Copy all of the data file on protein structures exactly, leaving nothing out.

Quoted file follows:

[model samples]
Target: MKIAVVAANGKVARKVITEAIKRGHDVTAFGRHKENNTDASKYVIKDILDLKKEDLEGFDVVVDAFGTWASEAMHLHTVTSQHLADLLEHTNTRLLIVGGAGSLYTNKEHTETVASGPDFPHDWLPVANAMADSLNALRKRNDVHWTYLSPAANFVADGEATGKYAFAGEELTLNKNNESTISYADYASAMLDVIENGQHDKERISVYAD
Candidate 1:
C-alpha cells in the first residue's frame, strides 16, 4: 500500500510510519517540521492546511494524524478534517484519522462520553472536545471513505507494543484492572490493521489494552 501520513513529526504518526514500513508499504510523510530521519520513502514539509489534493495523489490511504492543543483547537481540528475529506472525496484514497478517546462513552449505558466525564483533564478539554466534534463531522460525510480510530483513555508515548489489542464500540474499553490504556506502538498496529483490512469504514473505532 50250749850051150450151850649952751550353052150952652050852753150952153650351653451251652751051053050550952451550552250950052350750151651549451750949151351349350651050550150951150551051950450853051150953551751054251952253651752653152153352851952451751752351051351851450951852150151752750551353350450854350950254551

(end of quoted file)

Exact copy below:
[model samples]
Target: MKIAVVAANGKVARKVITEAIKRGHDVTAFGRHKENNTDASKYVIKDILDLKKEDLEGFDVVVDAFGTWASEAMHLHTVTSQHLADLLEHTNTRLLIVGGAGSLYTNKEHTETVASGPDFPHDWLPVANAMADSLNALRKRNDVHWTYLSPAANFVADGEATGKYAFAGEELTLNKNNESTISYADYASAMLDVIENGQHDKERISVYAD
Candidate 1:
C-alpha cells in the first residue's frame, strides 16, 4: 500500500510510519517540521492546511494524524478534517484519522462520553472536545471513505507494543484492572490493521489494552 501520513513529526504518526514500513508499504510523510530521519520513502514539509489534493495523489490511504492543543483547537481540528475529506472525496484514497478517546462513552449505558466525564483533564478539554466534534463531522460525510480510530483513555508515548489489542464500540474499553490504556506502538498496529483490512469504514473505532 50250749850051150450151850649952751550353052150952652050852753150952153650351653451251652751051053050550952451550552250950052350750151651549451750949151351349350651050550150951150551051950450853051150953551751054251952253651752653152153352851952451751752351051351851450951852150151752750551353350450854350950254551